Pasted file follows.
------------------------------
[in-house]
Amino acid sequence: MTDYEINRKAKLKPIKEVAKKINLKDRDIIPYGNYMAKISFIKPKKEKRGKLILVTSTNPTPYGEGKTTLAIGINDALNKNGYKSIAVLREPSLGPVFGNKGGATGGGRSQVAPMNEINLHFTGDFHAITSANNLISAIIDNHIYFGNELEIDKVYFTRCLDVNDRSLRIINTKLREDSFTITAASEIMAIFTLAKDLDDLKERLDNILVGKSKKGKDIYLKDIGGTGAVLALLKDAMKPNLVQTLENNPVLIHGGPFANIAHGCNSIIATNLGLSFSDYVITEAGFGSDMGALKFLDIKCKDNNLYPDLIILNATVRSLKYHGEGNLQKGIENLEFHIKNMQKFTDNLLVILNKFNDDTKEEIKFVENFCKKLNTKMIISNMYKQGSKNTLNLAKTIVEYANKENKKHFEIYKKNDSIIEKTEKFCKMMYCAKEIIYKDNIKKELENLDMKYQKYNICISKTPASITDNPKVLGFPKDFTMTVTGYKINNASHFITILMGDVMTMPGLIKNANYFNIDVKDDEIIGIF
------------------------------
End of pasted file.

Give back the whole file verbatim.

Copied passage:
[in-house]
Amino acid sequence: MTDYEINRKAKLKPIKEVAKKINLKDRDIIPYGNYMAKISFIKPKKEKRGKLILVTSTNPTPYGEGKTTLAIGINDALNKNGYKSIAVLREPSLGPVFGNKGGATGGGRSQVAPMNEINLHFTGDFHAITSANNLISAIIDNHIYFGNELEIDKVYFTRCLDVNDRSLRIINTKLREDSFTITAASEIMAIFTLAKDLDDLKERLDNILVGKSKKGKDIYLKDIGGTGAVLALLKDAMKPNLVQTLENNPVLIHGGPFANIAHGCNSIIATNLGLSFSDYVITEAGFGSDMGALKFLDIKCKDNNLYPDLIILNATVRSLKYHGEGNLQKGIENLEFHIKNMQKFTDNLLVILNKFNDDTKEEIKFVENFCKKLNTKMIISNMYKQGSKNTLNLAKTIVEYANKENKKHFEIYKKNDSIIEKTEKFCKMMYCAKEIIYKDNIKKELENLDMKYQKYNICISKTPASITDNPKVLGFPKDFTMTVTGYKINNASHFITILMGDVMTMPGLIKNANYFNIDVKDDEIIGIF